It's a good read, but I disagree with the article's central thesis that horror nerds prefer their fandom to stay out of the mainstream. I think if horror were celebrated all year 'round rather than confined to the month of October like a prisoner who's let out only once a year, a lot of fans would embrace it, not turn their backs on it. (Leave that to the hipsters who hate when their under-the-radar fandoms finally get discovered by everyone else.)
I also disagree with Brad Miska's contention in the article that people don't watch "torture porn" and only want to have fun at horror movies. Not only do the box office numbers contradict this (the Hostel and Saw movies did extremely well, and pretty much everyone watched The Human Centipede, even if they don't admit it), but the gritty, grueling, documentary-style realism of 1970s horror cinema is considered by many to be its creative heyday. Films Last House on the Left and Cannibal Holocaust didn't become classics because they're fun--they're not fun at all, in my opinion--they became classics because they successfully captured the social issues of the time in metaphorical form (I highly recommend Jason Zinoman's amazing book Shock Value: How a Few Eccentric Outsiders Gave Us Nightmares, Conquered Hollywood, and Invented Modern Horror for more on this subject).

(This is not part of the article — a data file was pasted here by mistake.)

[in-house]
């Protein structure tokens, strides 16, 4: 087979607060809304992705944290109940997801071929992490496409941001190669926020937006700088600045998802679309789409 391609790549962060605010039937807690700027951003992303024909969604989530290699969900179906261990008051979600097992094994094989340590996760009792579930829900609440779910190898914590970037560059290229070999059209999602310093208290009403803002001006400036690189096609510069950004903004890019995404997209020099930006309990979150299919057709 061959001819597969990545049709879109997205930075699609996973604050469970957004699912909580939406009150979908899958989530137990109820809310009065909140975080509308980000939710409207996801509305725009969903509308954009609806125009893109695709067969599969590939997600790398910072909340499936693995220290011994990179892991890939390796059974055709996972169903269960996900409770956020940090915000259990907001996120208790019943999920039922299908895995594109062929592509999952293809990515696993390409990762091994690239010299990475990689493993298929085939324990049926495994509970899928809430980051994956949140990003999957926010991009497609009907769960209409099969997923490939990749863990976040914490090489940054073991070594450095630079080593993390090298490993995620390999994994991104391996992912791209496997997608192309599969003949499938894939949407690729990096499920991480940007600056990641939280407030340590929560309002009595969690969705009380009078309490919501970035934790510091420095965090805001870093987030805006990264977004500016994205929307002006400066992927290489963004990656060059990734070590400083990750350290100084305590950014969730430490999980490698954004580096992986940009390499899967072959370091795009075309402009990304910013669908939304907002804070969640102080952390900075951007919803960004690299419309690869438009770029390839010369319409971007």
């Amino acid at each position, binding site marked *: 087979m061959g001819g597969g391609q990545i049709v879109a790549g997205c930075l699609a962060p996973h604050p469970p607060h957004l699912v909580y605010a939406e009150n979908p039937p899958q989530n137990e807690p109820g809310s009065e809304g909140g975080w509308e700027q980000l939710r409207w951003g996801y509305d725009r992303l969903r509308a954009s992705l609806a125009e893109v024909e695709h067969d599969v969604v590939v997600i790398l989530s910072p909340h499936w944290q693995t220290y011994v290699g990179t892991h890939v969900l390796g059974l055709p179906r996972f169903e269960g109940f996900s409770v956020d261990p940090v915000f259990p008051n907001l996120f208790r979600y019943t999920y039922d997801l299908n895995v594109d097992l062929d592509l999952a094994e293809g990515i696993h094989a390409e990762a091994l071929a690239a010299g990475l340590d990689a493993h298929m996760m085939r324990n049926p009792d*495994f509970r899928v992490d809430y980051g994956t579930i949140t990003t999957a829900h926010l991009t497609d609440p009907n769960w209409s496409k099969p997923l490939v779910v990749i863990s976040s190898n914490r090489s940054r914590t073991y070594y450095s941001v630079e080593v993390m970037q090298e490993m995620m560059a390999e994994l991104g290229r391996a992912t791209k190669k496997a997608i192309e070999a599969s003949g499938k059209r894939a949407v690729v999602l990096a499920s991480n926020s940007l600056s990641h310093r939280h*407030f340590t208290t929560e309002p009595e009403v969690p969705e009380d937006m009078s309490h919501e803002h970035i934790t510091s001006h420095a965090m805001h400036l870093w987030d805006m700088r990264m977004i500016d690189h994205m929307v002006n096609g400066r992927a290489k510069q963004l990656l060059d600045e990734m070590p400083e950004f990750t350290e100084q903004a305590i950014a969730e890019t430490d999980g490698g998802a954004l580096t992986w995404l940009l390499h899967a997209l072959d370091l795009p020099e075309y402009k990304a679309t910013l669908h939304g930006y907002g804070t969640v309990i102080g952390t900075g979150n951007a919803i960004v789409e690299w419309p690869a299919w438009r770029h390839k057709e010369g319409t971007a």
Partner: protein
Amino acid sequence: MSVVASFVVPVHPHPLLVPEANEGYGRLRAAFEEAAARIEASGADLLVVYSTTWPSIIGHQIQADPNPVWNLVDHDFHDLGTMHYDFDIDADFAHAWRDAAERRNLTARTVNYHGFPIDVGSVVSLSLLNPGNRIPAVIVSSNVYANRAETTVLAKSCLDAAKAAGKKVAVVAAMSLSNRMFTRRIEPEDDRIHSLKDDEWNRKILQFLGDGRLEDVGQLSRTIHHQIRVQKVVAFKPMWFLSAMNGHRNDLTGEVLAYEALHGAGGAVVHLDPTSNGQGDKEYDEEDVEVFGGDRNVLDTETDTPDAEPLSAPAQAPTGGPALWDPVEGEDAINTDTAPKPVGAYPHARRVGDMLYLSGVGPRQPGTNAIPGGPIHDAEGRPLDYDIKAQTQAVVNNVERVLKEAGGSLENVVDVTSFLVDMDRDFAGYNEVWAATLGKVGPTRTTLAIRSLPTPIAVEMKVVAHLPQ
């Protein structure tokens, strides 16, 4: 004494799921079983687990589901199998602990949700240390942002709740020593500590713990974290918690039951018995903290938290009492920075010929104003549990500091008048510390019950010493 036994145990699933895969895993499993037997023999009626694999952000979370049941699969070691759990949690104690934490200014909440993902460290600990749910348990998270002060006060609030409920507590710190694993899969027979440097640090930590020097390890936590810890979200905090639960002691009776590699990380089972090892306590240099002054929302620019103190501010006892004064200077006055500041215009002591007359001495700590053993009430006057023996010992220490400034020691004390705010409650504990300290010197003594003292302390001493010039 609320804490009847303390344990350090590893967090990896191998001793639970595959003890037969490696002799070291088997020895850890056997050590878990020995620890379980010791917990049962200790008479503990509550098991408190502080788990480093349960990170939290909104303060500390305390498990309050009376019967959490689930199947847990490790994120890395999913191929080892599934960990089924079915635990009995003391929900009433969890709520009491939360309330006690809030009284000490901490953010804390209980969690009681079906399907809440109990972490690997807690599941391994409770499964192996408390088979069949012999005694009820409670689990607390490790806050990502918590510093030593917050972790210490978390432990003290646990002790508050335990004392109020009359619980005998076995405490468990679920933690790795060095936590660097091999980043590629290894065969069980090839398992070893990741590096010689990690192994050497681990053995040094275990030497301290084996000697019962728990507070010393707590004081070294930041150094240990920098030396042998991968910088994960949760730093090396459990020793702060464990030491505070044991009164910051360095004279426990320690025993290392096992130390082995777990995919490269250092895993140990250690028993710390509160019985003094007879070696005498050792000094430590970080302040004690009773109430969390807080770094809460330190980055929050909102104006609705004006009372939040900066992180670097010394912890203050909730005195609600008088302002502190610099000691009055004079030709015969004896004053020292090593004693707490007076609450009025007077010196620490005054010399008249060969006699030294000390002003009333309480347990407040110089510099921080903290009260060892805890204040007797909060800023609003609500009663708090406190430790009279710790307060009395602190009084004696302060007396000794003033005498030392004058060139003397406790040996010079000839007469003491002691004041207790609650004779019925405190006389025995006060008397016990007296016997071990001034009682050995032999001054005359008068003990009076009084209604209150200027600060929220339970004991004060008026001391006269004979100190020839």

These admittedly large quibbles aside, the article remains a very enjoyable read for horror nerds and non-fans alike. It's also remarkably astute. Two choice quotes, for instance, had me vehemently nodding:
Basically, there is no “The Big Bang Theory” chronicling the lovable foibles of a dedicated nerd who can list his top five cannibal movies, and is steeped in a fandom of dismembered bodies and buckets of blood.
So true, and yet I would watch the hell out of this show if they ever made it!
“The guy who can recite every ‘Halloween’ line and is so into it or has seen the movies 500 times – like the Adam Greens and the Rob Zombies of the world” are the nerds, [actress Danielle Harris] said. “Then you’ve got the guy who comes to a convention dressed as Michael Myers and stands in the corner with the mask on and breathes heavy and stares at me for an hour; there’s a difference.”
Mmm-hmmm. Anyone who's ever been to a horror convention knows exactly what she's talking about.